Dr. Gavin McNicol will present on FLUXNET-CH4 synthesis activity: Data-driven modeling of wetland methane fluxes from sites to the globe. Dr. McNicol is an Assistant Professor in the Department of Earth and Environmental Sciences at the University of Illinois at Chicago. He obtained his PhD in ecosystem science at the University of California at Berkeley in 2016. His current research explores ecosystem-climate interactions across microbial to planetary scales with a focus on quantifying soil carbon stocks and greenhouse gas fluxes in wet environments including wetlands, temperate rainforests, and waste systems.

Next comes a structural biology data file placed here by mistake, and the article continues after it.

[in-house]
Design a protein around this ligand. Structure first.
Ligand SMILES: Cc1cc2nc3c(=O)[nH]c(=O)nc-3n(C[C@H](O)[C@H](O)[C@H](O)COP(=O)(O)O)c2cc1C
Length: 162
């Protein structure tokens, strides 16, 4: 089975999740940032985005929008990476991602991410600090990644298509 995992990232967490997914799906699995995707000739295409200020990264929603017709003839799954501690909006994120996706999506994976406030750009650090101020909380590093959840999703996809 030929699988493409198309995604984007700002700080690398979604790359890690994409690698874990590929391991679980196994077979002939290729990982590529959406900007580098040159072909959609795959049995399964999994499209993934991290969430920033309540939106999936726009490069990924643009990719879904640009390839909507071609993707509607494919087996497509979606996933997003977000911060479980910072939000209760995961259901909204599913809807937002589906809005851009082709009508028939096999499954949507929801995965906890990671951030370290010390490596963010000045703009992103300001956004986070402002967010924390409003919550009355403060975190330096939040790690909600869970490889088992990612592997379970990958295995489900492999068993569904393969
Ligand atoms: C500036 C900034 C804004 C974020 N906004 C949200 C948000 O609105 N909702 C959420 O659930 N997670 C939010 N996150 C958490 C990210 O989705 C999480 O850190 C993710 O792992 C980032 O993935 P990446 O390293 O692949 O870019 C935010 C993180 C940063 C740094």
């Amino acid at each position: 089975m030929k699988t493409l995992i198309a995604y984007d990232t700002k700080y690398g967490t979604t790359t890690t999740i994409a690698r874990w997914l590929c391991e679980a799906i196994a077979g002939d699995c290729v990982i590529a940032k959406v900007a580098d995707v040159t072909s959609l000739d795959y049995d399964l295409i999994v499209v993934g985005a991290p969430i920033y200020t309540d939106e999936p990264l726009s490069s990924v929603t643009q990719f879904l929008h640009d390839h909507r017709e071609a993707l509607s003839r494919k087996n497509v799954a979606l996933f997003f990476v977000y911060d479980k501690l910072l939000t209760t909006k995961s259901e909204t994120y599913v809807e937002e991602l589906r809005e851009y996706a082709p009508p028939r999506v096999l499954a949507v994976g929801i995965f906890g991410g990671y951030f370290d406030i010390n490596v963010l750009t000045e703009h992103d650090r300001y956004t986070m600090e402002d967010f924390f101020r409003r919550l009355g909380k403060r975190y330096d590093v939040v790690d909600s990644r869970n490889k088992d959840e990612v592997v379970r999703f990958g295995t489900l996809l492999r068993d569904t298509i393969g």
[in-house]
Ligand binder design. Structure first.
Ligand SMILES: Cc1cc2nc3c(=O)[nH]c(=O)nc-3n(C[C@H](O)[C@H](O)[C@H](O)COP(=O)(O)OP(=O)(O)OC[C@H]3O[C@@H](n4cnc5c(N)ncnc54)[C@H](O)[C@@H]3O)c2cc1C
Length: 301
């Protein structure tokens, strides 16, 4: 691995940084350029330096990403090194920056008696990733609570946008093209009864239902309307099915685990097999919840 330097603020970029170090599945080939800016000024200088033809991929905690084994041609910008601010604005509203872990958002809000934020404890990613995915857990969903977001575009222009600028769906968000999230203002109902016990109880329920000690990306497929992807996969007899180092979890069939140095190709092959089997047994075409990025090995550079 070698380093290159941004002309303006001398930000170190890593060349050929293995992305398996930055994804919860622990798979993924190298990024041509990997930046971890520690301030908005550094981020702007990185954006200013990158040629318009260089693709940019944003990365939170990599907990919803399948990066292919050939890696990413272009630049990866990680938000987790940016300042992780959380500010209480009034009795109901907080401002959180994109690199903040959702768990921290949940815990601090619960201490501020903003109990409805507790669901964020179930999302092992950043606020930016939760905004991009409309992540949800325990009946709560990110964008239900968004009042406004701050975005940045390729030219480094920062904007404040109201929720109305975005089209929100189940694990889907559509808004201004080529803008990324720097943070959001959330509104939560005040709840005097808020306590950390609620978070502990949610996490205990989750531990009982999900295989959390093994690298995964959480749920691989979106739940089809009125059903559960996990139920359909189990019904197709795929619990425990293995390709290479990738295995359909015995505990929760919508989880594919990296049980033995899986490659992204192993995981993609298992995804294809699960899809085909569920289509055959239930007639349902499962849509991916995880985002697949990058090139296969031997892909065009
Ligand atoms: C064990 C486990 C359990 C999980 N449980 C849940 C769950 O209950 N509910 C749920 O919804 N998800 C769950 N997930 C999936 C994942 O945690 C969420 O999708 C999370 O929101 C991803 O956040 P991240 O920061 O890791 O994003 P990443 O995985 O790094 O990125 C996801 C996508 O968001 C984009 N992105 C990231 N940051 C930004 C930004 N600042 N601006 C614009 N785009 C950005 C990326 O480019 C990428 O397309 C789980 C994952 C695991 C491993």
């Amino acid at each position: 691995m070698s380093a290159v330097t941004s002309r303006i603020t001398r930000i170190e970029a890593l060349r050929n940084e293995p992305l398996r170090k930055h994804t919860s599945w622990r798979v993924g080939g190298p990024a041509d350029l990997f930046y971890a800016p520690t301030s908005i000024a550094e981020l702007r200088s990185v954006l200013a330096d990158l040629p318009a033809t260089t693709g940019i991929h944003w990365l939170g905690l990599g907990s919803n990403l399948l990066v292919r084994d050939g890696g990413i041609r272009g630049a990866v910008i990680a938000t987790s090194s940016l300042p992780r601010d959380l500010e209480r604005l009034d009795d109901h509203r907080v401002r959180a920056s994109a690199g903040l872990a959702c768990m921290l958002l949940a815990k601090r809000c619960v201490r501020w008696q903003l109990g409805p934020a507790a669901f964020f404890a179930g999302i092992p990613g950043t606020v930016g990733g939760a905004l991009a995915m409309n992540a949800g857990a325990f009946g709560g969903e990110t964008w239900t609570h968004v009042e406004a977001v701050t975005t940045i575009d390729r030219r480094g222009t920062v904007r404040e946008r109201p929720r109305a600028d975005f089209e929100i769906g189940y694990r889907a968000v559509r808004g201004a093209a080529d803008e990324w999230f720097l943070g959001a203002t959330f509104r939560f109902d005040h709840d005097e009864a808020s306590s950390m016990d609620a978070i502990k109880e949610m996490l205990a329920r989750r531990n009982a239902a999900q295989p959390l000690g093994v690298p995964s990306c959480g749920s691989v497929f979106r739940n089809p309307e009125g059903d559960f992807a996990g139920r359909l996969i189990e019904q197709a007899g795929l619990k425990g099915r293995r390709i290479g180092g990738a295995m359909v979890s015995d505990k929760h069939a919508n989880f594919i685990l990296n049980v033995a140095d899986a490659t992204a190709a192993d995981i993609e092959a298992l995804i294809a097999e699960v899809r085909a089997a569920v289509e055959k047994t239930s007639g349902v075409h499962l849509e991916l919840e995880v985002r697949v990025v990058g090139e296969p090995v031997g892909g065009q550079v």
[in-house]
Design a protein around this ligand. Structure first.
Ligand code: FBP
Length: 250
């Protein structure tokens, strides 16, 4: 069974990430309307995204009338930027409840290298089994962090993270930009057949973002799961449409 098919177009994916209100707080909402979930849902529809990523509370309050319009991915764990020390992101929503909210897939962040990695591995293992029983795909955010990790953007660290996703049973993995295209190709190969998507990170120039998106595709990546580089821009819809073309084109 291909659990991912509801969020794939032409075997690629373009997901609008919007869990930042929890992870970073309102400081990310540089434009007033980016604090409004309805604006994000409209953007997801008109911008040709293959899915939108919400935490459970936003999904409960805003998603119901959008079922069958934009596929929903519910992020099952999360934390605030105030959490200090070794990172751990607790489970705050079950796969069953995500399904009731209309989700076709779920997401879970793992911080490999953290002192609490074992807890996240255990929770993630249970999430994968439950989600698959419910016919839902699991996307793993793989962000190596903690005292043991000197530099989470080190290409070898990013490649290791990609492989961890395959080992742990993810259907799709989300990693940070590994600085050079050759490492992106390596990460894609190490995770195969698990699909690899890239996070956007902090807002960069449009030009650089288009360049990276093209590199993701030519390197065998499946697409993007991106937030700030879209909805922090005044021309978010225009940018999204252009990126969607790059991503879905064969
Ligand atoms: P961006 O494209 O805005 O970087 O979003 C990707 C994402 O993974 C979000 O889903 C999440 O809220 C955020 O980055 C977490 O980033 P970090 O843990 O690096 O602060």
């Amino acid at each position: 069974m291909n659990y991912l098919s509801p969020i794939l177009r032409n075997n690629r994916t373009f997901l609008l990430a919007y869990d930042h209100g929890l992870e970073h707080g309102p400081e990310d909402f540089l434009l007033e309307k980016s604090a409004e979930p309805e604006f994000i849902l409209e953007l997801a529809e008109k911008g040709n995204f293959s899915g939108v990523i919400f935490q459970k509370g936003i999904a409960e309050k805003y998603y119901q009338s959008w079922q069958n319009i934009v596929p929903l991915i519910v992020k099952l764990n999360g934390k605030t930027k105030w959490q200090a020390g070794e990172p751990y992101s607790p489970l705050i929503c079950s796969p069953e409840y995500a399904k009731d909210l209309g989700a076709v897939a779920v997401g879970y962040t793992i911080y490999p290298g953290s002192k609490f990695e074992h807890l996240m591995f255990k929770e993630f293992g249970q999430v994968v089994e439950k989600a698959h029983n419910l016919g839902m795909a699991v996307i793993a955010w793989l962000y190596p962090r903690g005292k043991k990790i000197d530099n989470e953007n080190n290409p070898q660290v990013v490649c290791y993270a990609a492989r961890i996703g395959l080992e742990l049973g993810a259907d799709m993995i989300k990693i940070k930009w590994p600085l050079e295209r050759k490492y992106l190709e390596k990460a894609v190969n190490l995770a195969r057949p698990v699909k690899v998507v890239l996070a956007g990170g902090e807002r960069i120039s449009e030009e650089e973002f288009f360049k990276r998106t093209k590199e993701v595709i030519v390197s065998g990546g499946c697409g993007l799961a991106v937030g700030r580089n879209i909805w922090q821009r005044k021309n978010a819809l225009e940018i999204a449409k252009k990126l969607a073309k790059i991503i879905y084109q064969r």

Atmospheric methane is rising at an unprecedented rate and now accounts for a quarter of contemporary climate change. Wetlands represent the largest natural source of methane but emissions estimates and their response to warming remains uncertain. Here I will present new data and model products arising from the FLUXNET-CH4 synthesis activity, which was launched in 2018 with the long-term goal to reduce wetland methane source uncertainties by compiling existing and facilitating new surface methane flux observations. I will first recount the development of the FLUXNET-CH4 Version 1.0 dataset, which contains ~4.5 million half-hourly methane flux observations across 81 terrestrial sites globally. I will then discuss two FLUXNET-CH4 machine learning applications in wetland methane flux gap-filling and global upscaling, with a focus on method advances for model validation and uncertainty quantification.